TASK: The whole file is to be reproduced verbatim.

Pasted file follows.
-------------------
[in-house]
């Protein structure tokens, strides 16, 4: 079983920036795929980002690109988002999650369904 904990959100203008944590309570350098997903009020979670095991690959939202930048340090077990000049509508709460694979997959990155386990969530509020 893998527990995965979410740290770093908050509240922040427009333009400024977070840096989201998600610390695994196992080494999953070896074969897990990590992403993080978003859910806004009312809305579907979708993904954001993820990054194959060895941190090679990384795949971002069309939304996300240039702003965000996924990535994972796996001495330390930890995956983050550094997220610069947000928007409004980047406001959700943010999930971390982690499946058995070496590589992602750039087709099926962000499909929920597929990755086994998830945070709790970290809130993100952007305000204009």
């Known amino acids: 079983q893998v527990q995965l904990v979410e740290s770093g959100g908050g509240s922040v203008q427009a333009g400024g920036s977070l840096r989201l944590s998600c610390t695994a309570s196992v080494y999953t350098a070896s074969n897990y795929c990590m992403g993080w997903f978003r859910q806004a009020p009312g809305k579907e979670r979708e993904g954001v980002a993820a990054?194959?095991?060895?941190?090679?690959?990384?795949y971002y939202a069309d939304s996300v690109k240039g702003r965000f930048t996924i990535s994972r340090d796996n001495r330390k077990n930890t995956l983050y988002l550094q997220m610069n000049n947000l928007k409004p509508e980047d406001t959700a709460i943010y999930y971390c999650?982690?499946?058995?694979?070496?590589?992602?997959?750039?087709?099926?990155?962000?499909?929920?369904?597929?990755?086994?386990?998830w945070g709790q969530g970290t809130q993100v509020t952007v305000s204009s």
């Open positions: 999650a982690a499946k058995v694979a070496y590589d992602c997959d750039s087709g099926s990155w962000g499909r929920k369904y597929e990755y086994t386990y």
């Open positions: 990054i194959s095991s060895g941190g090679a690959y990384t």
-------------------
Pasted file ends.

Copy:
[in-house]
């Protein structure tokens, strides 16, 4: 079983920036795929980002690109988002999650369904 904990959100203008944590309570350098997903009020979670095991690959939202930048340090077990000049509508709460694979997959990155386990969530509020 893998527990995965979410740290770093908050509240922040427009333009400024977070840096989201998600610390695994196992080494999953070896074969897990990590992403993080978003859910806004009312809305579907979708993904954001993820990054194959060895941190090679990384795949971002069309939304996300240039702003965000996924990535994972796996001495330390930890995956983050550094997220610069947000928007409004980047406001959700943010999930971390982690499946058995070496590589992602750039087709099926962000499909929920597929990755086994998830945070709790970290809130993100952007305000204009």
């Known amino acids: 079983q893998v527990q995965l904990v979410e740290s770093g959100g908050g509240s922040v203008q427009a333009g400024g920036s977070l840096r989201l944590s998600c610390t695994a309570s196992v080494y999953t350098a070896s074969n897990y795929c990590m992403g993080w997903f978003r859910q806004a009020p009312g809305k579907e979670r979708e993904g954001v980002a993820a990054?194959?095991?060895?941190?090679?690959?990384?795949y971002y939202a069309d939304s996300v690109k240039g702003r965000f930048t996924i990535s994972r340090d796996n001495r330390k077990n930890t995956l983050y988002l550094q997220m610069n000049n947000l928007k409004p509508e980047d406001t959700a709460i943010y999930y971390c999650?982690?499946?058995?694979?070496?590589?992602?997959?750039?087709?099926?990155?962000?499909?929920?369904?597929?990755?086994?386990?998830w945070g709790q969530g970290t809130q993100v509020t952007v305000s204009s």
């Open positions: 999650a982690a499946k058995v694979a070496y590589d992602c997959d750039s087709g099926s990155w962000g499909r929920k369904y597929e990755y086994t386990y």
């Open positions: 990054i194959s095991s060895g941190g090679a690959y990384t």